If only all think-tank types were as logical and easy to read as Joshua Kurlantzick. His recent piece on the blog "Asia Unbound" at the Council on Foreign Relations “Myanmar—the Next Asian Tiger Cub Economy?” proves a succinct, thoughtful analysis of Burma’s hidden challenges for Western business development. Many corporations are hopeful that the United States will soon drop its sanctions against investment there.
While some might compare Burma today to Vietnam in the early ’90s, Kurlantzick rightly points out that, with the exception of North Korea, Burma is one of the least technologically advanced nations in Asia right now. Despite some talk of computer science by the government in recent years, he notes both the social and logistical challenges of Burma’s development: “It would be very hard for a multinational to build an office of any size in Myanmar doing medium-value or high-value added work, without recruiting many Burmese exiles to come back to the country, which probably is not going to happen at this point.”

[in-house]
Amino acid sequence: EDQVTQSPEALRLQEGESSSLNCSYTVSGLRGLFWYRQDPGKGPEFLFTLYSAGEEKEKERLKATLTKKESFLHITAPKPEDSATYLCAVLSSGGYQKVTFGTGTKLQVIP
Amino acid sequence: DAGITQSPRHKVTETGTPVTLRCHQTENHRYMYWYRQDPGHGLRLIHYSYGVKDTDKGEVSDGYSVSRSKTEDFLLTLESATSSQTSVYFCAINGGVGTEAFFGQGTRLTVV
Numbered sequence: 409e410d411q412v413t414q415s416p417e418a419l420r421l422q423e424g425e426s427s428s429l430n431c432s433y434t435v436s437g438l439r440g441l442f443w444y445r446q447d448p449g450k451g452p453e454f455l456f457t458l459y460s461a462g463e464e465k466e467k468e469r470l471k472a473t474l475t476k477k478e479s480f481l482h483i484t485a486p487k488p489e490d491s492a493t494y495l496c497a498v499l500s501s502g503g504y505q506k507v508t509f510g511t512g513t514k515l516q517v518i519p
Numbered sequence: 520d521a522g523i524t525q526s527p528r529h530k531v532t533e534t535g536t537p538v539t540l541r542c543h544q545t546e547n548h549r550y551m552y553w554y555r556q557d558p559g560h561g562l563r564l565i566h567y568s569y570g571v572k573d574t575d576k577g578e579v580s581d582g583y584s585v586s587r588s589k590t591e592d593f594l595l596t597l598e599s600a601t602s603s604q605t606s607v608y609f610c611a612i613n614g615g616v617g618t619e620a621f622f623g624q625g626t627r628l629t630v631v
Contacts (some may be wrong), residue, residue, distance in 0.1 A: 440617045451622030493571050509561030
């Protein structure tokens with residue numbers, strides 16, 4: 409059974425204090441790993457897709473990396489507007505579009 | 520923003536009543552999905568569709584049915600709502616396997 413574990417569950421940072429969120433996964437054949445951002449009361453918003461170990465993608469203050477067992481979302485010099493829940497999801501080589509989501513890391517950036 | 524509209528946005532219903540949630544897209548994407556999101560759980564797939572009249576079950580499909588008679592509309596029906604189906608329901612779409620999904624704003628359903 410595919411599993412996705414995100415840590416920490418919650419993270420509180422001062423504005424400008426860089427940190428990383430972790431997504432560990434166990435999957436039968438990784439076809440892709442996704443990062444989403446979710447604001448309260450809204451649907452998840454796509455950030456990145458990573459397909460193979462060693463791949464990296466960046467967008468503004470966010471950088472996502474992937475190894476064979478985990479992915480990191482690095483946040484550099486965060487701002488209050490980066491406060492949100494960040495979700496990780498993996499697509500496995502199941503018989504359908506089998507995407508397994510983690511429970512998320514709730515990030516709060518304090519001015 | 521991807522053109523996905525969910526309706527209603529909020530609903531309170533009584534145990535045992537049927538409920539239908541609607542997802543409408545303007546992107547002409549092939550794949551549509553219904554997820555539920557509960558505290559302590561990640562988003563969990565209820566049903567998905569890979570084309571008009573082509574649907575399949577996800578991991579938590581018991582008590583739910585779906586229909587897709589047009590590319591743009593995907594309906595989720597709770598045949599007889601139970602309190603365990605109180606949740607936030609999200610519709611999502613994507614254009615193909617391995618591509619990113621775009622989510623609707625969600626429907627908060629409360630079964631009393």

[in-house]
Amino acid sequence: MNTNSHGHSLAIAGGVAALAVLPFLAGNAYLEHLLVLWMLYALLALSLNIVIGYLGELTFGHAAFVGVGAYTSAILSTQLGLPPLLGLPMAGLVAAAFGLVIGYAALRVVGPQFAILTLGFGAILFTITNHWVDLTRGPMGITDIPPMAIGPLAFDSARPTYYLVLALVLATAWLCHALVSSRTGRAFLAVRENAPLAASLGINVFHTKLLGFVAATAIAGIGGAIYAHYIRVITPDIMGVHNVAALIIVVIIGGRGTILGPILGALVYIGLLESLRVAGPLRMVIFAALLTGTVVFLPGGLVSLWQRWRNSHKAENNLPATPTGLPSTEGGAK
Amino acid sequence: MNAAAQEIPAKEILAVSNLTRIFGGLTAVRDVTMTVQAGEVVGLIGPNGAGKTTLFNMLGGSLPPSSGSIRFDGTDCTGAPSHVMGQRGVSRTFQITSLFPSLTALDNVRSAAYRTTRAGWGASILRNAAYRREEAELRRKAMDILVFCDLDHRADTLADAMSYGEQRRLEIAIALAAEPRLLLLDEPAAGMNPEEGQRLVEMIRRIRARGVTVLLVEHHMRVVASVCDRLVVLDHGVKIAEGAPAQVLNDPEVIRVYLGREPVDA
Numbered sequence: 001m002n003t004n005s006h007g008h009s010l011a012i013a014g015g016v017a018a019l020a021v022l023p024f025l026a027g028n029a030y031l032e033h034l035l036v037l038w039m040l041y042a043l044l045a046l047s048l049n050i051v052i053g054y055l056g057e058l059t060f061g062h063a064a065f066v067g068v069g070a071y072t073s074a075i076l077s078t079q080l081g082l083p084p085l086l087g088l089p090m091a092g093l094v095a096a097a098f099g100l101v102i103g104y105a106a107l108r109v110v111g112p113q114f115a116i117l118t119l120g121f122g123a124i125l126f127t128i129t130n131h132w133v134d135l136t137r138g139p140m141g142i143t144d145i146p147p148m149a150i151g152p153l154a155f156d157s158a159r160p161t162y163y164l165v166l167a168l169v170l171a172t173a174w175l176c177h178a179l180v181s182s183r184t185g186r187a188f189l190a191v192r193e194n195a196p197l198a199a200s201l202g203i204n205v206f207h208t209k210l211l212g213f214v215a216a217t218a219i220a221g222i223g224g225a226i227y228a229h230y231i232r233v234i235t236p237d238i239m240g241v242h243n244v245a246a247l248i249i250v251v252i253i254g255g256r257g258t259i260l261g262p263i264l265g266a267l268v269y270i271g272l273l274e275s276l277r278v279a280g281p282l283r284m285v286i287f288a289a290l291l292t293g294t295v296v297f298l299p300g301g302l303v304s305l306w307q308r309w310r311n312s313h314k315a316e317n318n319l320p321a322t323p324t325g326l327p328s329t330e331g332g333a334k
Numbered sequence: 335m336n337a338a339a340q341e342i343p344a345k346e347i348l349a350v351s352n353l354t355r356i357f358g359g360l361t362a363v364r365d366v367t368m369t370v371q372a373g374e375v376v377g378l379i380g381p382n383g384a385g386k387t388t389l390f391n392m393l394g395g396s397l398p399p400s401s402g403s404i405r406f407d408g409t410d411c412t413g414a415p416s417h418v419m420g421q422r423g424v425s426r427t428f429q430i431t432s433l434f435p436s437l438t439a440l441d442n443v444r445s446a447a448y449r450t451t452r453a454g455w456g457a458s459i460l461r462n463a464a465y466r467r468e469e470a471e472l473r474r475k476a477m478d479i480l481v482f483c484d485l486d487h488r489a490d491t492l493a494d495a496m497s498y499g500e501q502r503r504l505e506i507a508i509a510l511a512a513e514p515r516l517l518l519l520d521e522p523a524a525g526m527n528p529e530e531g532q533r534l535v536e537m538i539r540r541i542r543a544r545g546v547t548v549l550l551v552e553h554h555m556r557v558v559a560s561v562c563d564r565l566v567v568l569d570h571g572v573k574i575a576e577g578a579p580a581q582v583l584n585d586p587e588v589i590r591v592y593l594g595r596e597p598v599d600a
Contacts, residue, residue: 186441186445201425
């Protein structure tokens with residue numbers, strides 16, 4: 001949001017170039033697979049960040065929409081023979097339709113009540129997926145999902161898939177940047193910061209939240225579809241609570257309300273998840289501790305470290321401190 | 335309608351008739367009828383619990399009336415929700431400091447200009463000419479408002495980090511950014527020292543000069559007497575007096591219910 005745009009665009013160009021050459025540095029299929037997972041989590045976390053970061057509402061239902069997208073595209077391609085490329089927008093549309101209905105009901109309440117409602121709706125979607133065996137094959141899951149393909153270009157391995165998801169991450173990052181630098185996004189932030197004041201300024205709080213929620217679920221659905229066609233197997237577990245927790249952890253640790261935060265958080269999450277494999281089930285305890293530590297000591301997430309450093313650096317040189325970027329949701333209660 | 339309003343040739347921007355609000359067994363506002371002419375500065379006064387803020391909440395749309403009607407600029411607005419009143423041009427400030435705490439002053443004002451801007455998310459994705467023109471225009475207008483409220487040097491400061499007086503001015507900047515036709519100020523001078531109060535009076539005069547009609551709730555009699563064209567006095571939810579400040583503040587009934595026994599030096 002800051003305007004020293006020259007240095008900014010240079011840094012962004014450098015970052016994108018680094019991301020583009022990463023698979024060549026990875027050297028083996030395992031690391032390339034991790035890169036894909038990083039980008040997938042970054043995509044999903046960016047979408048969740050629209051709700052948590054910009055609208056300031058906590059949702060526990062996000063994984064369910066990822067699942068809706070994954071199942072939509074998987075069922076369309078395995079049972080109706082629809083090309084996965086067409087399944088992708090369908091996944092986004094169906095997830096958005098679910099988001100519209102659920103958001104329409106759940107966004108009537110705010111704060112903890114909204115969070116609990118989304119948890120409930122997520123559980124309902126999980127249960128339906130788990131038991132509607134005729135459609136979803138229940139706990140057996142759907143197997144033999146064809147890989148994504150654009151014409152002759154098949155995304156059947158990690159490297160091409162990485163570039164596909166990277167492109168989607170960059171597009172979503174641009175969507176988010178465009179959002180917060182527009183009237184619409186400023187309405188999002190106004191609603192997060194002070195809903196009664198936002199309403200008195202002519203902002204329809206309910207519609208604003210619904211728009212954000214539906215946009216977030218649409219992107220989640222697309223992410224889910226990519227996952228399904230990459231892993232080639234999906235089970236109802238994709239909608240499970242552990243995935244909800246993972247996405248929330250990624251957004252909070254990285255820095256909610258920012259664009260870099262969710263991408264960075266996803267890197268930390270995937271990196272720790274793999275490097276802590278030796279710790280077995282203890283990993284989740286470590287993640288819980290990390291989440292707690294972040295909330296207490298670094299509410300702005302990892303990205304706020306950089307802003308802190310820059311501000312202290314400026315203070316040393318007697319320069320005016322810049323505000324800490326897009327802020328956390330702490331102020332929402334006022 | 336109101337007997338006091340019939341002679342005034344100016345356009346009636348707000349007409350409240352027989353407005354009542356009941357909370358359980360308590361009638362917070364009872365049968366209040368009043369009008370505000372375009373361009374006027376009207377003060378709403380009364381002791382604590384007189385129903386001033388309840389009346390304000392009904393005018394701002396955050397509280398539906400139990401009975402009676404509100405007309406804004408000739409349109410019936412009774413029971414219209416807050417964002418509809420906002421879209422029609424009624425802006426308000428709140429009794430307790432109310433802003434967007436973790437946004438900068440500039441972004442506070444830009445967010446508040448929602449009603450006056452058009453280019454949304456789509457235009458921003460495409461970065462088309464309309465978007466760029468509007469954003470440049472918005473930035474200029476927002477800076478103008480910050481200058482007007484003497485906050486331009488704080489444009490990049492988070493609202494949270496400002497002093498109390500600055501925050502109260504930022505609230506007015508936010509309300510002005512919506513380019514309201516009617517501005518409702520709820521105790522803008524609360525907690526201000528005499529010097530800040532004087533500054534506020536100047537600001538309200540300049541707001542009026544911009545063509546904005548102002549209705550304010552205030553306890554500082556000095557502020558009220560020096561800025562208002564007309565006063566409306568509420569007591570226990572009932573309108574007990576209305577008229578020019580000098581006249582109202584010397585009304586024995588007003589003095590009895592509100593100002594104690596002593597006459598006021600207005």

The country’s sizable population and natural resources are appealing, and Kurlantzick would only do himself a favor by expanding on his counterarguments, which are very reasonable but perhaps brief. He still comes out strong though and pays deserved heed to that fact that we are certainly not the only ones who have taken note of Burma’s potential: “Any Western companies coming in will start with at least a ten-year disadvantage against Chinese firms already established in Myanmar, and with shorter supply chains, more diplomatic support, and large pools of cash.”
What Kurlantzick lacks in style, he makes up for in well-structured responses that call to mind an academic rigor missing from too much of today’s editorial dialog. He might become a snooze in longer length, but this short, clean piece is notable for its clarity and focus.